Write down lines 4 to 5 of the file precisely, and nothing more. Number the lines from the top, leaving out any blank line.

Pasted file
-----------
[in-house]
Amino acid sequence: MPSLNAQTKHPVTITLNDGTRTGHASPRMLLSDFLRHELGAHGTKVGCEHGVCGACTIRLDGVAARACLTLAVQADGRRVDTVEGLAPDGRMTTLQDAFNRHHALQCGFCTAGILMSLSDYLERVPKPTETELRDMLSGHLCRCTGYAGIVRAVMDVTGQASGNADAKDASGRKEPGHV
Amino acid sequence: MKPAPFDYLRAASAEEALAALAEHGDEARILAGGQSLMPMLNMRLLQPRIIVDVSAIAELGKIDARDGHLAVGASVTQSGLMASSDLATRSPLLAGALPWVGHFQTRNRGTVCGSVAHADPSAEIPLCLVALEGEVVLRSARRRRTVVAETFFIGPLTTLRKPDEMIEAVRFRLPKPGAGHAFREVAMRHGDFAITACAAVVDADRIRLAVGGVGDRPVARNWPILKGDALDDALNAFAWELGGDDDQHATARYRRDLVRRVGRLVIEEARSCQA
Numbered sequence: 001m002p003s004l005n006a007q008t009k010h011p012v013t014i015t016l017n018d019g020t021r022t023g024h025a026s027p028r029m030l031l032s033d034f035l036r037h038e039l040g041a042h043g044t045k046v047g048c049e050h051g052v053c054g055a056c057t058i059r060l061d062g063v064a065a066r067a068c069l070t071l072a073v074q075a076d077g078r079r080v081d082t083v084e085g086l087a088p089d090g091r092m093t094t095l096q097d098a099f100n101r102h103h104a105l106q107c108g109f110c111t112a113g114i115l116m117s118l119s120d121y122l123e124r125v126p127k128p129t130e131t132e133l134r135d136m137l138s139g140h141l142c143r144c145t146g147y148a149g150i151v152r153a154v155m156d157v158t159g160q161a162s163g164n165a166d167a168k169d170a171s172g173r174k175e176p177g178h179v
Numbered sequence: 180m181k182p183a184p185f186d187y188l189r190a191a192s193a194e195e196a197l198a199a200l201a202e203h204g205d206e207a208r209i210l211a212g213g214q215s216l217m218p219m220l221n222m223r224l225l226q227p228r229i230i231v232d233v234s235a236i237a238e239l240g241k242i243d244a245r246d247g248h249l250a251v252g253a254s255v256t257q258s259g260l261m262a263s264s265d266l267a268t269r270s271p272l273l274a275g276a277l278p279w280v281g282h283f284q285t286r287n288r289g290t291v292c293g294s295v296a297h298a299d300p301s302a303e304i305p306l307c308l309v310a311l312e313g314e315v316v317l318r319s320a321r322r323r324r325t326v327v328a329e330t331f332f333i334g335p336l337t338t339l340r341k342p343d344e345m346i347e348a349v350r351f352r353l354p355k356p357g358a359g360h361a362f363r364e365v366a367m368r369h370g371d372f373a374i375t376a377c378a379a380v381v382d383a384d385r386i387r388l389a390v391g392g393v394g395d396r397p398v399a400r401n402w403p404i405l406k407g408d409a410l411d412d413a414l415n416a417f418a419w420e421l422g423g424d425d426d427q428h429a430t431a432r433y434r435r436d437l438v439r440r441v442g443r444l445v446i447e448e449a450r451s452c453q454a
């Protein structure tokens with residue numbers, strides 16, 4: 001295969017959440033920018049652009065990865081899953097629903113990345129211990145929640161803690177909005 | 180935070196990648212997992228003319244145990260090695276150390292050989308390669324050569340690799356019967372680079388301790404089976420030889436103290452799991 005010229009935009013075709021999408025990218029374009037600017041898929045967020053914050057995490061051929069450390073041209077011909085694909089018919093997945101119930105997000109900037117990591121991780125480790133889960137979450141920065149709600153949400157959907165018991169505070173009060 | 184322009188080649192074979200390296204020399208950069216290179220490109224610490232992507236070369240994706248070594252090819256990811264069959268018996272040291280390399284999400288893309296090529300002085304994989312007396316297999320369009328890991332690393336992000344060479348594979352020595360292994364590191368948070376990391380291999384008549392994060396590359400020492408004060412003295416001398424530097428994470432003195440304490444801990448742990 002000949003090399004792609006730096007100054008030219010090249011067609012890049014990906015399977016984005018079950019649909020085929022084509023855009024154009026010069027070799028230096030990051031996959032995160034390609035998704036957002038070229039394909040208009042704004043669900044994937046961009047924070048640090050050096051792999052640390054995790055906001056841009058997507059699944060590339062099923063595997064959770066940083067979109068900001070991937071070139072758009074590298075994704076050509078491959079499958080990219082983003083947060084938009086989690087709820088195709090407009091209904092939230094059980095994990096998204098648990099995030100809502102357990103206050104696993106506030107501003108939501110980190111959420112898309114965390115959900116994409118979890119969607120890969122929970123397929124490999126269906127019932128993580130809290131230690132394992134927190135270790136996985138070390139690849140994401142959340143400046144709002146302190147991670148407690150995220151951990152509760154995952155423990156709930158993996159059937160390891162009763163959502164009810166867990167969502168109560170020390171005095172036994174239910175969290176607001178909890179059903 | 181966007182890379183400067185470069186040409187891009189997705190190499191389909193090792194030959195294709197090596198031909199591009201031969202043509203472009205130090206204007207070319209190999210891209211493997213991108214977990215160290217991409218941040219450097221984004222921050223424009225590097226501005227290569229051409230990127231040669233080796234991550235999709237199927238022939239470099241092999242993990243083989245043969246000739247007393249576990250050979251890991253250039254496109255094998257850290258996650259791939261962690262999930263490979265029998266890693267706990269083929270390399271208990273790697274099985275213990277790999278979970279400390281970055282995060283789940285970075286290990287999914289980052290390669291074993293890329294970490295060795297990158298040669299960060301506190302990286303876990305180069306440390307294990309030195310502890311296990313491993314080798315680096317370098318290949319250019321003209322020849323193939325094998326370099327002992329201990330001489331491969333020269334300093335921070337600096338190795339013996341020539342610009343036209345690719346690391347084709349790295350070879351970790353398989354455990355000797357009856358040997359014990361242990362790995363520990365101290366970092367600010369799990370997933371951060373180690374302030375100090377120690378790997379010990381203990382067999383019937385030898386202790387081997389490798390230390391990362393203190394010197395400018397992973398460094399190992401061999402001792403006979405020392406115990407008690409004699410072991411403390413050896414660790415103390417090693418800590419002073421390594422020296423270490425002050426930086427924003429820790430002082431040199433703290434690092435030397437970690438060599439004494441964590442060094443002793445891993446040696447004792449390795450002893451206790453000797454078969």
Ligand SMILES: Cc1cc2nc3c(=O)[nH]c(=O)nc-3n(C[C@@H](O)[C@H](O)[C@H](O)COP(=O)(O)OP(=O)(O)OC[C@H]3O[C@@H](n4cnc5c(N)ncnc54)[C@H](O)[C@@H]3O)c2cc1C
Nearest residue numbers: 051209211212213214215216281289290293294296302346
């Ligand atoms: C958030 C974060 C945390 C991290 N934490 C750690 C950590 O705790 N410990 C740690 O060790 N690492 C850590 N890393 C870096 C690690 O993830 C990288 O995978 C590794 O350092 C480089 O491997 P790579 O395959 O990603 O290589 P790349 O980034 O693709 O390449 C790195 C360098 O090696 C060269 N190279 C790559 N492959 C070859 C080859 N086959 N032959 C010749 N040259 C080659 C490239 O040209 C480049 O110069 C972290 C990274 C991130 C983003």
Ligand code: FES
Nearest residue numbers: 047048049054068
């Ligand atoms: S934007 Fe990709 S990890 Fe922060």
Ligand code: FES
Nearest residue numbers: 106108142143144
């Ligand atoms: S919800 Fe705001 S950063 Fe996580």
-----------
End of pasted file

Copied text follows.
Numbered sequence: 001m002p003s004l005n006a007q008t009k010h011p012v013t014i015t016l017n018d019g020t021r022t023g024h025a026s027p028r029m030l031l032s033d034f035l036r037h038e039l040g041a042h043g044t045k046v047g048c049e050h051g052v053c054g055a056c057t058i059r060l061d062g063v064a065a066r067a068c069l070t071l072a073v074q075a076d077g078r079r080v081d082t083v084e085g086l087a088p089d090g091r092m093t094t095l096q097d098a099f100n101r102h103h104a105l106q107c108g109f110c111t112a113g114i115l116m117s118l119s120d121y122l123e124r125v126p127k128p129t130e131t132e133l134r135d136m137l138s139g140h141l142c143r144c145t146g147y148a149g150i151v152r153a154v155m156d157v158t159g160q161a162s163g164n165a166d167a168k169d170a171s172g173r174k175e176p177g178h179v
Numbered sequence: 180m181k182p183a184p185f186d187y188l189r190a191a192s193a194e195e196a197l198a199a200l201a202e203h204g205d206e207a208r209i210l211a212g213g214q215s216l217m218p219m220l221n222m223r224l225l226q227p228r229i230i231v232d233v234s235a236i237a238e239l240g241k242i243d244a245r246d247g248h249l250a251v252g253a254s255v256t257q258s259g260l261m262a263s264s265d266l267a268t269r270s271p272l273l274a275g276a277l278p279w280v281g282h283f284q285t286r287n288r289g290t291v292c293g294s295v296a297h298a299d300p301s302a303e304i305p306l307c308l309v310a311l312e313g314e315v316v317l318r319s320a321r322r323r324r325t326v327v328a329e330t331f332f333i334g335p336l337t338t339l340r341k342p343d344e345m346i347e348a349v350r351f352r353l354p355k356p357g358a359g360h361a362f363r364e365v366a367m368r369h370g371d372f373a374i375t376a377c378a379a380v381v382d383a384d385r386i387r388l389a390v391g392g393v394g395d396r397p398v399a400r401n402w403p404i405l406k407g408d409a410l411d412d413a414l415n416a417f418a419w420e421l422g423g424d425d426d427q428h429a430t431a432r433y434r435r436d437l438v439r440r441v442g443r444l445v446i447e448e449a450r451s452c453q454a